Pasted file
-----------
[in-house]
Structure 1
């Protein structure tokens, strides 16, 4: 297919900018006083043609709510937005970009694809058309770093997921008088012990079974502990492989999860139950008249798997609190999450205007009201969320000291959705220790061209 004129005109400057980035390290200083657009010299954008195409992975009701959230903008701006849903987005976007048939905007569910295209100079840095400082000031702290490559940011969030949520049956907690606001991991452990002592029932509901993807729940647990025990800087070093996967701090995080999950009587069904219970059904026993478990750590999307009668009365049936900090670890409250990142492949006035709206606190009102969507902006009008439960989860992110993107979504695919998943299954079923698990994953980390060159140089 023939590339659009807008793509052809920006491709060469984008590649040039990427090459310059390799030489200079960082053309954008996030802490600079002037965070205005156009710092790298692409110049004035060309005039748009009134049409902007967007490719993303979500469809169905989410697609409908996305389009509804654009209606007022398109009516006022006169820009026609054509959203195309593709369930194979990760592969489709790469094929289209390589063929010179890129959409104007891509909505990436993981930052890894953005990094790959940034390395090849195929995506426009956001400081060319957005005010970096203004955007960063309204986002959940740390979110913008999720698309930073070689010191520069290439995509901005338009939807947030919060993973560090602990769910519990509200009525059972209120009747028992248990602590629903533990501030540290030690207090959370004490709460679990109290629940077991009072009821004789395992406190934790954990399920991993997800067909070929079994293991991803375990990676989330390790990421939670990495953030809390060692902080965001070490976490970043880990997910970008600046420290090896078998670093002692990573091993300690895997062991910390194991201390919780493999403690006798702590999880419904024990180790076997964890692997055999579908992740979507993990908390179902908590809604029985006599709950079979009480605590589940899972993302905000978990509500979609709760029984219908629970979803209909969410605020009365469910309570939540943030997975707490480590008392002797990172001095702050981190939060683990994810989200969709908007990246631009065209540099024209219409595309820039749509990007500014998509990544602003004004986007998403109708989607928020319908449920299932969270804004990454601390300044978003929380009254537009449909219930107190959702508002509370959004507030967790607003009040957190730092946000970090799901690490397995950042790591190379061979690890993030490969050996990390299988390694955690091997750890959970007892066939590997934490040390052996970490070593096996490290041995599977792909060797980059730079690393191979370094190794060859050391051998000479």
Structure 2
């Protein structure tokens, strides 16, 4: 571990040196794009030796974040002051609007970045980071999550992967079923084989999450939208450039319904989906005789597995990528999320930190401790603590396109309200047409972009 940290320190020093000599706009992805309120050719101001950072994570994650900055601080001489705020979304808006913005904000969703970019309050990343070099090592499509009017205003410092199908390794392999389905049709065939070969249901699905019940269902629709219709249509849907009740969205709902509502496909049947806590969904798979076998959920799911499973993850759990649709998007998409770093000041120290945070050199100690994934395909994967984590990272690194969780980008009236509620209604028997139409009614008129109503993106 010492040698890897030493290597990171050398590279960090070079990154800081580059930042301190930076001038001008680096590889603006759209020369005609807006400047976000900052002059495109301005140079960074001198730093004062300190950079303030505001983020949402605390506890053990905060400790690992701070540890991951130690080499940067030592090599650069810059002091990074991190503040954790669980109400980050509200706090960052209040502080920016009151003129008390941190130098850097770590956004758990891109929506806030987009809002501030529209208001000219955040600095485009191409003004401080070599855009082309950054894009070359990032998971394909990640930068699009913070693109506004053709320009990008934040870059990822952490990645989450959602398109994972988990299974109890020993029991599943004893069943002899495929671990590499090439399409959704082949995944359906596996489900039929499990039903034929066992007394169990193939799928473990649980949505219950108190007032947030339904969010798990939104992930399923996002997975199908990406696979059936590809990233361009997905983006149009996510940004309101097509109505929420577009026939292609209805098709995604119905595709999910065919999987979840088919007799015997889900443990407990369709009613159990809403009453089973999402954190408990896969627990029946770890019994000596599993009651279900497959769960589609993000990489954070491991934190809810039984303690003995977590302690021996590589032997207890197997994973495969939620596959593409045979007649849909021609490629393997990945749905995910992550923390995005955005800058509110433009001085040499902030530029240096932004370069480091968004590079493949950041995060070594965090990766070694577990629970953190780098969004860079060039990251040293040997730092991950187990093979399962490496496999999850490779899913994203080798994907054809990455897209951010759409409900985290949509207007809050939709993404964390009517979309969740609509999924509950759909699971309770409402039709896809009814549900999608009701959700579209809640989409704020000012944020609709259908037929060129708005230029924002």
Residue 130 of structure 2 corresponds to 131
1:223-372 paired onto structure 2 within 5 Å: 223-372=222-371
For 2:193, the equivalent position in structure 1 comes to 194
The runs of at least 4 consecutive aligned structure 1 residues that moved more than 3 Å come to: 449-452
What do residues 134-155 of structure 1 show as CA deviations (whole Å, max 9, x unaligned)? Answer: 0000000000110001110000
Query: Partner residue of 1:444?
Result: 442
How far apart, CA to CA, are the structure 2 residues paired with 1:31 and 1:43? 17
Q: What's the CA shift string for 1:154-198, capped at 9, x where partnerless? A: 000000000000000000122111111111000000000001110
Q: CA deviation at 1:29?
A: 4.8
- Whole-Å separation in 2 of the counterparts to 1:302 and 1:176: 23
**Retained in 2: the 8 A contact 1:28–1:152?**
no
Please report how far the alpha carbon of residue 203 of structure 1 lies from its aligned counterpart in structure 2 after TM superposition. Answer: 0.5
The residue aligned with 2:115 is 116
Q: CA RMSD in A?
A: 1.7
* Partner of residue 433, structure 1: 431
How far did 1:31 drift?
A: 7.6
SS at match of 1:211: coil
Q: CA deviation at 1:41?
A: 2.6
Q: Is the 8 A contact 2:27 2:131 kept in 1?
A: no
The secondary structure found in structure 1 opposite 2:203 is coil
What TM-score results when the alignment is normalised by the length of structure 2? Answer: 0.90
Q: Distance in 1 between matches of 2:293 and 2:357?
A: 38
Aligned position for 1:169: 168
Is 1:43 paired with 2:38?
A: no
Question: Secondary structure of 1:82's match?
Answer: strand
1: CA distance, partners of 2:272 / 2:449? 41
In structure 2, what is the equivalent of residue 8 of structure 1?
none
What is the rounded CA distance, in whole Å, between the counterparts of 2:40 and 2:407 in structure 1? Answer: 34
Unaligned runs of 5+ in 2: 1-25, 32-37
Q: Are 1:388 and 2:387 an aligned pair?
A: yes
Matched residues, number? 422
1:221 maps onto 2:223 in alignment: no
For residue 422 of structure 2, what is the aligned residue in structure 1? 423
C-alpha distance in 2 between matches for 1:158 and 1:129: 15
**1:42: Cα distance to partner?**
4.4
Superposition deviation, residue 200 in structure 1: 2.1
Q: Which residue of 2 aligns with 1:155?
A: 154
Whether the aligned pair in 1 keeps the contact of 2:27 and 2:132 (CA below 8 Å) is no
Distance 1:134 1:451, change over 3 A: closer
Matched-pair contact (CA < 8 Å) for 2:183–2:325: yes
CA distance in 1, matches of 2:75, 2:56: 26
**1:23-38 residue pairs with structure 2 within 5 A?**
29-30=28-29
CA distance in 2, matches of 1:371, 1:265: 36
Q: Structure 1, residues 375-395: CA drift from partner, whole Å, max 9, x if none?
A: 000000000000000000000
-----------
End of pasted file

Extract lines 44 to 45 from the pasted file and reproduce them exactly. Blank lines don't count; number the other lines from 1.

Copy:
What is the rounded CA distance, in whole Å, between the counterparts of 2:40 and 2:407 in structure 1? Answer: 34
Unaligned runs of 5+ in 2: 1-25, 32-37